After a full week, Elizabeth Burke couldn’t get her headache to go away. “I never thought it could be an aneurysm,” she says. Instead, she related it to conditions she sees in her work life as a veterinarian in Easton. “In animals I care for, I often see treatable tumors or lesions,” says Burke, 60, of Fogelsville. “So that’s what I thought it was.”
To investigate her pain, she first visited her family doctor. “He thought I might be starting with migraines and suggested I get an MRI (magnetic resonance imaging) test,” Burke says. “I was naive about it and put it off.”
While she waited, her vision became blurred, and one of her eyelids drooped. When her co-workers saw it, they urged her to get help – now. So she went to the emergency room at Lehigh Valley Hospital–Cedar Crest, where tests revealed an aneurysm.
“It was unusual in that it pressed on a cranial nerve, causing eyelid paralysis and double vision because of disrupted eye movement on the affected side,” says a LVHN neurosurgeon with LVPG Neurosurgery-1250 Cedar Crest. “That’s rare for an aneurysm, because most are silent until they rupture.”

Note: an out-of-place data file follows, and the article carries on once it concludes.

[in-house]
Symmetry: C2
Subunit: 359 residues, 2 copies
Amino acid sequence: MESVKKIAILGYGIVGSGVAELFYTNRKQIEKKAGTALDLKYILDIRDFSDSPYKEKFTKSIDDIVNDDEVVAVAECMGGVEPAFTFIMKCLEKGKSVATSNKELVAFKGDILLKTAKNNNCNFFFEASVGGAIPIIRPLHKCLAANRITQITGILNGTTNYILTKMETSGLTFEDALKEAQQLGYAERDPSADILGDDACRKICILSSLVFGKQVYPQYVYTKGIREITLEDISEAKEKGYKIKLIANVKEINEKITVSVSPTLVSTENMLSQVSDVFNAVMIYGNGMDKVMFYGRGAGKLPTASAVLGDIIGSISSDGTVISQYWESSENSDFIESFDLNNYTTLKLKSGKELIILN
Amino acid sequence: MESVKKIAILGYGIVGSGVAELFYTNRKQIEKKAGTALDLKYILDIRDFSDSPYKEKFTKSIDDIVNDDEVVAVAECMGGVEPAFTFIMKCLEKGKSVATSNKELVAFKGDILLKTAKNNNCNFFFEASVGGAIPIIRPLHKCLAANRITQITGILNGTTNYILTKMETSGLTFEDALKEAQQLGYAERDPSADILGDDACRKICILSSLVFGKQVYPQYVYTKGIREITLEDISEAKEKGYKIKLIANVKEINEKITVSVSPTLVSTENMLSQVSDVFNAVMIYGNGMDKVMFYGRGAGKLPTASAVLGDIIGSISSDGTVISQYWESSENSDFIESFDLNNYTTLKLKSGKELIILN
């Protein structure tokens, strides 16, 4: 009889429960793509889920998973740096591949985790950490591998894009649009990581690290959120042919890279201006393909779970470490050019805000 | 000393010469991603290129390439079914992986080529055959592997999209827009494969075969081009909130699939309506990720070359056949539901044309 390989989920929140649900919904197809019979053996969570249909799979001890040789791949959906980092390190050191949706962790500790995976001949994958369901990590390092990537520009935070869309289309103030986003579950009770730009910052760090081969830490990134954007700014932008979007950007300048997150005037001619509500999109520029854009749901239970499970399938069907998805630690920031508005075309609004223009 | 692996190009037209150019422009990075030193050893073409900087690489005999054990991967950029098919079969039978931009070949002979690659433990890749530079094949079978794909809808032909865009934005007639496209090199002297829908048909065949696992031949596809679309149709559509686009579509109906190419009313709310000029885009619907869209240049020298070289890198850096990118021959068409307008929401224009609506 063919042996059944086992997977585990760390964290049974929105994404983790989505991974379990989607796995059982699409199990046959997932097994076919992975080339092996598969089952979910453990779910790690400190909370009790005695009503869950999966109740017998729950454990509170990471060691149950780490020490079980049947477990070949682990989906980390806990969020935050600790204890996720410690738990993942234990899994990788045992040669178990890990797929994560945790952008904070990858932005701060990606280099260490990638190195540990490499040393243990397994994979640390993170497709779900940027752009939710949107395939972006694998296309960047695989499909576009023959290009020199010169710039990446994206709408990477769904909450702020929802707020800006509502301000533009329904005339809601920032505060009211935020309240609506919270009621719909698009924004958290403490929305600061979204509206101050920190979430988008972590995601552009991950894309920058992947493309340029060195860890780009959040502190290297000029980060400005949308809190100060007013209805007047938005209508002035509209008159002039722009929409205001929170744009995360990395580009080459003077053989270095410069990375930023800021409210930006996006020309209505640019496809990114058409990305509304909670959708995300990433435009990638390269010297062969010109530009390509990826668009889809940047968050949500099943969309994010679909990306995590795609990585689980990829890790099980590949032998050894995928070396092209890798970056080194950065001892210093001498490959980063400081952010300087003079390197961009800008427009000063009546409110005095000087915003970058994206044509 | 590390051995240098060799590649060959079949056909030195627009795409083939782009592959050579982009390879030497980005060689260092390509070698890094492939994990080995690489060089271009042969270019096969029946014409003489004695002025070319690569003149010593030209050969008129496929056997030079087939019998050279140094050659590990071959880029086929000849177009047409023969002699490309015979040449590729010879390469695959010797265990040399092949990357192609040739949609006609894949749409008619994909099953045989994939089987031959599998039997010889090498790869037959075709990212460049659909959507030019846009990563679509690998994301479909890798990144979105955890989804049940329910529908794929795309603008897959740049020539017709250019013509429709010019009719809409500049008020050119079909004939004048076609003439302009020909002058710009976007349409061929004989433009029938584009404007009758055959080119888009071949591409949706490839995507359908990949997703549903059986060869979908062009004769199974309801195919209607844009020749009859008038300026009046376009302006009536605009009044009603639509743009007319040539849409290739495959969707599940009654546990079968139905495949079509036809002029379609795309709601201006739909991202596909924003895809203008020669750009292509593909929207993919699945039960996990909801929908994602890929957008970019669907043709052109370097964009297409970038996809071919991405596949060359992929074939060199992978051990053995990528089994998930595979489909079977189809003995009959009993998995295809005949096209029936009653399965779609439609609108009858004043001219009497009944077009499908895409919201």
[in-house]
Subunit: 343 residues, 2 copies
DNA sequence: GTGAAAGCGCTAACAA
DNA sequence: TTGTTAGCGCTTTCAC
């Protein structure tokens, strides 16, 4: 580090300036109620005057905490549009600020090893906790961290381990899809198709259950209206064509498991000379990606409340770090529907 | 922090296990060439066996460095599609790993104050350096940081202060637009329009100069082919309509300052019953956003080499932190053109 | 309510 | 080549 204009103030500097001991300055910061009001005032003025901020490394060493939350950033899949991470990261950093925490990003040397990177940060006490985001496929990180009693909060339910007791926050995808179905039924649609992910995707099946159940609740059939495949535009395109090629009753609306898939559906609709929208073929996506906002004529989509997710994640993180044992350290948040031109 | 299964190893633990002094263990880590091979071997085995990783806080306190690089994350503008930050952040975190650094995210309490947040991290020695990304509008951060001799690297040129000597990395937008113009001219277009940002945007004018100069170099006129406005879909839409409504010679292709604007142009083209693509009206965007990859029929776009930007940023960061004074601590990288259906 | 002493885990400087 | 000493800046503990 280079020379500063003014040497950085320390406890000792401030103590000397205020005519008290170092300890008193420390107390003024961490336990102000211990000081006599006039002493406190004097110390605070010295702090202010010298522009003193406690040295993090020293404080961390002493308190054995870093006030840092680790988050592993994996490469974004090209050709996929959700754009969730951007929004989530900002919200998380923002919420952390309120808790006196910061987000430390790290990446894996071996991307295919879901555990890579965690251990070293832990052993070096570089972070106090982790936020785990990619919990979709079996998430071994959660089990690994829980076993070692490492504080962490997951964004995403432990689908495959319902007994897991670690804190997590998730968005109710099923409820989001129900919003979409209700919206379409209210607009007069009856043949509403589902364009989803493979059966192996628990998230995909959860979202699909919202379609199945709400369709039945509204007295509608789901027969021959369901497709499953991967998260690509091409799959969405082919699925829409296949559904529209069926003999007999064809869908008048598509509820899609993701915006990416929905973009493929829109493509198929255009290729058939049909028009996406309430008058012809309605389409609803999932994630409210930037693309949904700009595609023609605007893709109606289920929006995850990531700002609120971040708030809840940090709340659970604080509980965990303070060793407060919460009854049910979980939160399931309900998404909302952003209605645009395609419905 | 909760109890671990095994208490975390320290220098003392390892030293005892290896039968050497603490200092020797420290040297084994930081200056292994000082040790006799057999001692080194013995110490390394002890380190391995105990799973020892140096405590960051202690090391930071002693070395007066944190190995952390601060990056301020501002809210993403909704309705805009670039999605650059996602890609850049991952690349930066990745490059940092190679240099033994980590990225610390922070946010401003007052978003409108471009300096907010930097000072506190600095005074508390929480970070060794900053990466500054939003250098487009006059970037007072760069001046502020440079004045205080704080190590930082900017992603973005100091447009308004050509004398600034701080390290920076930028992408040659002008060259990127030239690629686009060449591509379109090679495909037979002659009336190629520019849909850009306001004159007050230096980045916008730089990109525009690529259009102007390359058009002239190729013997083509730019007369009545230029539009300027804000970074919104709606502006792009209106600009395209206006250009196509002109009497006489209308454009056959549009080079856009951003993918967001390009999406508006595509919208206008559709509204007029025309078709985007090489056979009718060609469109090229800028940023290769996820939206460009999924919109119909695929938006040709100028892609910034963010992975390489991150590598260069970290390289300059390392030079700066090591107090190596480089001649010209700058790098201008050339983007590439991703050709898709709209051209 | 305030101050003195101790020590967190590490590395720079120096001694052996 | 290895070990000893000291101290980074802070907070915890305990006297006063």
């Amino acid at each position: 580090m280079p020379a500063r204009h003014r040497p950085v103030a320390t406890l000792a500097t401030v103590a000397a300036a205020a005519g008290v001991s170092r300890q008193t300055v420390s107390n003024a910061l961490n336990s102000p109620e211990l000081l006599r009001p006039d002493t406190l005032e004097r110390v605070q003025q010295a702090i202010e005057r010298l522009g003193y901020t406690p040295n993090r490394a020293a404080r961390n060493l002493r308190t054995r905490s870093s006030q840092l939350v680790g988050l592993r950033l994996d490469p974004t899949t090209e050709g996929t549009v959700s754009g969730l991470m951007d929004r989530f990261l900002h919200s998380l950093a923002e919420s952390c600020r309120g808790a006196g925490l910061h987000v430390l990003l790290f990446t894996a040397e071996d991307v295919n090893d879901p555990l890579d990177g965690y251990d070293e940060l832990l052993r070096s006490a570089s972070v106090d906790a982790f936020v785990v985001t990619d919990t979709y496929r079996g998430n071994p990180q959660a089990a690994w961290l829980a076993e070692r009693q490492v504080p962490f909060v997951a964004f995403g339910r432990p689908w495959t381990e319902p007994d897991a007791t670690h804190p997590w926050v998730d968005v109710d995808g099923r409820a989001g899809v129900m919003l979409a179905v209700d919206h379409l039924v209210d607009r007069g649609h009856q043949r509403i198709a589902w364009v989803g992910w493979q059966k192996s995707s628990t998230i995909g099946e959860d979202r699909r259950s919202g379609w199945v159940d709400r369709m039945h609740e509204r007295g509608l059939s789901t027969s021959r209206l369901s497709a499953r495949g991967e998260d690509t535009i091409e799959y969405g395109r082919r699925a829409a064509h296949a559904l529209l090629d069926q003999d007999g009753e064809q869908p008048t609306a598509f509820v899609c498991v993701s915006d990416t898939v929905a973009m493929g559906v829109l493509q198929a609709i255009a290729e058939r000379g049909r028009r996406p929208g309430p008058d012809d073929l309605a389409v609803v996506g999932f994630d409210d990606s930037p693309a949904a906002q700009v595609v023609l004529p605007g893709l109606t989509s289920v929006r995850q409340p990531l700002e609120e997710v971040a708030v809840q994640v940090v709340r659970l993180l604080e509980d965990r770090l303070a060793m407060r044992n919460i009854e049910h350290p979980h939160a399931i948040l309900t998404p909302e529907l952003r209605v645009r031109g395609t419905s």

Surgery close to home
To find a cure, Burke considered traveling to Philadelphia for care at the suggestion of her sister, a nurse who lives in Dallas. Instead, Burke put her trust in Li. “He assured me the aneurysm had been there for a long time – maybe decades – and was easily treatable,” Burke says. “He made me confident I had come to the right place.
On March 13, Li performed a “clipping” procedure, in which he surgically inserted a titanium clip into the affected aneurysm to prevent blood from flowing into it. “I was out of the hospital five days later,” Burke says.
In another two weeks, Burke felt well enough to return to work, but she asked Li just to be sure. “He said, ‘You’re fine; I fixed you,’” Burke says. “In my view, he saved my life.”